Militants and religious extremists, controlling many parts of Somalia, branded women’s participation in sports an immoral act — but women are playing basketball again there
BY SUAD GALOW
(SHARJAH, United Arab Emirates) — In the U.S., “March Madness” basketball season is approaching. But in Sharjah, Somali women basketball players are making our own basketball history by competing in the 4th Arab Women Sports Tournament in Dubai.
I am a Somali-American born in Sool and raised in Mogadishu. I began playing basketball at the age of 7 when my older sister Safia was playing and I tagged along and started drilling with the ball. I fell in love with the sport, and as I grew older, it helped me learn teamwork, get an education, earn respect, and become a leader.
In the 1980s, I was a player and captain on the Somali Women’s National Basketball Team. At that time, our government supported us with the freedom to play across Africa and the Middle East. I was also able to earn a scholarship at the University of the District of Columbia in the United States.
But in 1991, soon after I arrived in America, civil war broke out, shattered my country, and prevented me from returning to Somalia until almost two decades later. My goal now is to empower Somali women and girls through sport so that they may share the joy and benefits from basketball that I had.
When I returned to my country in 2009, I was shocked and saddened to find that extremist groups like Al-Shabab banned women and girls from playing sports and regularly send death threats to those who dare to play. The collapse of the central government of Somalia in 1991 shuttered all sports infrastructure and caused many athletes to flee the country. Men and boys continued to play sports even after the collapse of the government — but it became impossible for women and girls to participate in any kind of sport. Militants and religious extremists, controlling many parts of the country, branded women’s sport participation as an immoral act. Extremists were all over the news banning basketball for women in Somalia, and they even claimed that athletic gear is against Islamic teachings.
Sports like basketball can create educational opportunities, employment and safe places for women and girls. So in spite of threats from extremists, we are developing the game from grassroots to elite levels by recruiting players, training coaches across all states of Somalia, and building courts and gyms in secure environments.
Although we are making progress and galvanizing support from various communities in Somalia, the threat of violence lingers.
“They tell me to quit playing basketball, otherwise they will slaughter me,” said one young Somali woman who has come to love the sport as I do. “They will not stop me from playing basketball.”
From every state in Somalia, from every gym and court we create, our goal is give women and girls the opportunity to learn, know and love sports. My ultimate goal is to build and train the first Somali national women’s basketball team since the civil war.
In December 2016, we held the first “Somali Federal Women’s Basketball Tournament.” After one year of planning, we were able to bring together teams from the six different states of Somalia, and Somali diaspora players from the USA and Canada in the city of Garowe. With the generous support of donors, we built a brand new basketball court and carried out the tournament.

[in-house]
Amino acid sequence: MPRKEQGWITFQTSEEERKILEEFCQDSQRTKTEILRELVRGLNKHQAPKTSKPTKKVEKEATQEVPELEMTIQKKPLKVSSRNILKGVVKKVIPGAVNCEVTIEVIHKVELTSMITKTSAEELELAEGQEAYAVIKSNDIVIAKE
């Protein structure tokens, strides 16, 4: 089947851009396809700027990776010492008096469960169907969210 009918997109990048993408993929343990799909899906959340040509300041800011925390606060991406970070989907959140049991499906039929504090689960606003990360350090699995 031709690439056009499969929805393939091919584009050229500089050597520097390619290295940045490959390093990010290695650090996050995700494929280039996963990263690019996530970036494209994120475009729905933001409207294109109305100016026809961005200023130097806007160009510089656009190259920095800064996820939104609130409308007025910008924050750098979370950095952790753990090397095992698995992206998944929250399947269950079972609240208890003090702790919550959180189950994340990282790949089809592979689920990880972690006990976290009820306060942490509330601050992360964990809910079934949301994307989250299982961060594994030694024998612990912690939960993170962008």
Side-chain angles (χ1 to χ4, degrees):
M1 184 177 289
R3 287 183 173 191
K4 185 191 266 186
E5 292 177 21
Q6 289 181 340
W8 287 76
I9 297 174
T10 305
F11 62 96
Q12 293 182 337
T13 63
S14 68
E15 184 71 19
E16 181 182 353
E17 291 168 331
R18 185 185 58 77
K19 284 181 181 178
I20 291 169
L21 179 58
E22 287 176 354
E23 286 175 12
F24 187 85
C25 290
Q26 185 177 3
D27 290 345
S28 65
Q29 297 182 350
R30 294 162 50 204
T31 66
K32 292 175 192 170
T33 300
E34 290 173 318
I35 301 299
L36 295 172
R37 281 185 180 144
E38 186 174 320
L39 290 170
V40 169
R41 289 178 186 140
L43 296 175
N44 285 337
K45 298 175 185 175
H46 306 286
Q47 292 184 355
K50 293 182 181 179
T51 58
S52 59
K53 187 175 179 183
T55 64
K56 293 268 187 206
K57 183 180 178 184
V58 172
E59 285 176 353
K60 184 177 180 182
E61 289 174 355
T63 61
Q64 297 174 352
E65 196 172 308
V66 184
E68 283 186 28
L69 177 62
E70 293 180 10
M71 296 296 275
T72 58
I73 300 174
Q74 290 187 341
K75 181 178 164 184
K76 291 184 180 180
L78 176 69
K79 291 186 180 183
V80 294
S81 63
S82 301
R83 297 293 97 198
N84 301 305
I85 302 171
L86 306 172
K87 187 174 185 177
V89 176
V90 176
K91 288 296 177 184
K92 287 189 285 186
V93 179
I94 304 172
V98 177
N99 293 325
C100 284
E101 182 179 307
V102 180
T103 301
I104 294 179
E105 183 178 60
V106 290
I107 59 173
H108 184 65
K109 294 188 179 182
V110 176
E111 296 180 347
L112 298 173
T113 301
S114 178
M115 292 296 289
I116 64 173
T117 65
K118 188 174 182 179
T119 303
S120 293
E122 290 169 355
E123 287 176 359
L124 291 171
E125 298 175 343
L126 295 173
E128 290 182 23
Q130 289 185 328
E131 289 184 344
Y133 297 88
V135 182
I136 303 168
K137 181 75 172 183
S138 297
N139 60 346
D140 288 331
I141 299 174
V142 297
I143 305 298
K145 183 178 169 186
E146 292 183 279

The project helped re-open the door to women and girls’ participation in sports in Somalia on both the professional and amateur levels. Some 450 young women and girls watched the games daily and 192 girls played on seven regional teams. We employed 192 Somali women for 10 days.
In October 2017, I recruited and coached a combination of Somali natives and Somali diaspora players for a team that competed in the All Arab Games.
We were the first Somali women’s team since the May 2017 overturning of the FIBA (the international basketball governing board) ban on women playing basketball with hijab. That allowed our girls to compete while wearing the hijab. However, we came up against another FIBA rule that did not permit the girls to play with arms and legs covered — which is another requirement of our religion. Some of our players declined to play for fear that exposing their arms and legs could lead to criticism, physical abuse and even death when they returned to their home states.
From our initial efforts to rebuild basketball in Somalia, we have seen concrete benefits: Families are now encouraging girls to participate in sports, especially basketball and track and field. Parents are less convinced by extremist claims about why girls must not play sports. And perhaps best of all, the number of young girls between the ages of 8‐18 who want to play basketball has increased dramatically, and the number of female spectators increases with every tournament.
From our small beginnings, we will select a Somali Women’s National Basketball Team and plan to participate at the international level.
Here at the 4th Arab Women’s Sports Tournament in Dubai, we hope to win. But even if we lose in the tournament, Somali women basketball players are winning simply by being in the game.
Below, watch a short documentary about girls in Somalia and their love of basketball — and what they must do to play the game they love in defiance of Al-Shabab.
Suad Galow is a Development Director for Maternal Life International, and the founder of the Somali Women Foundation. She is the Chairperson for the Somali Basketball Federation. The Somali Women Foundation’s mission is to develop equal opportunity and gender equality through the power of sport in order to improve health, education, community and peace for Somali women and girls.